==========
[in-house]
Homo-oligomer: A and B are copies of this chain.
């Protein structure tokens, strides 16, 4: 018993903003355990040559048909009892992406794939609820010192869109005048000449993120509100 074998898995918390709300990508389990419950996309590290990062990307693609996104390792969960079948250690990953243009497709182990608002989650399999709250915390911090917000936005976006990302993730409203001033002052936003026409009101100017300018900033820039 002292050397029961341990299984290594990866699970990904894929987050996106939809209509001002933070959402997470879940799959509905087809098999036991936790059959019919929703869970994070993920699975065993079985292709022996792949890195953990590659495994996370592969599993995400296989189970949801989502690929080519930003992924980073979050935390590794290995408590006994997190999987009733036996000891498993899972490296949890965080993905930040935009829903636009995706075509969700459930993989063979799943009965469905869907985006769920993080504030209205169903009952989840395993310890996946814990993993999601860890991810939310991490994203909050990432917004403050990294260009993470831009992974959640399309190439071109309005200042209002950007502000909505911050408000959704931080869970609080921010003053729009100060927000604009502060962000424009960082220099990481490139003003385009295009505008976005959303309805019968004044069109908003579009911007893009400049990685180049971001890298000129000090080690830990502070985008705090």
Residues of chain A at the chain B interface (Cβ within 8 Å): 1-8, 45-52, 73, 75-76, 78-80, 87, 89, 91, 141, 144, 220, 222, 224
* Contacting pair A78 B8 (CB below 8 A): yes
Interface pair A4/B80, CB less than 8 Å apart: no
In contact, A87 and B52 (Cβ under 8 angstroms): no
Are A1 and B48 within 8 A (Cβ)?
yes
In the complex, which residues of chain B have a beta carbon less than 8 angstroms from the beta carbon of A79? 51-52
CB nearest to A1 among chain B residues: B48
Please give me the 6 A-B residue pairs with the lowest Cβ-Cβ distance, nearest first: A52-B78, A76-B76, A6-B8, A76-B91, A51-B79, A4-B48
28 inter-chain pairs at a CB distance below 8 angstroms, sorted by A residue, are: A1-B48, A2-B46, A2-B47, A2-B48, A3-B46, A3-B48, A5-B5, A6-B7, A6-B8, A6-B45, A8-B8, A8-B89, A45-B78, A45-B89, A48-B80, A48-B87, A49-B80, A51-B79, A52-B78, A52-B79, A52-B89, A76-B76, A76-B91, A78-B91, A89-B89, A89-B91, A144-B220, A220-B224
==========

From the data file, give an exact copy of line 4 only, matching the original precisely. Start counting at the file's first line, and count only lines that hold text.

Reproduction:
Residues of chain A at the chain B interface (Cβ within 8 Å): 1-8, 45-52, 73, 75-76, 78-80, 87, 89, 91, 141, 144, 220, 222, 224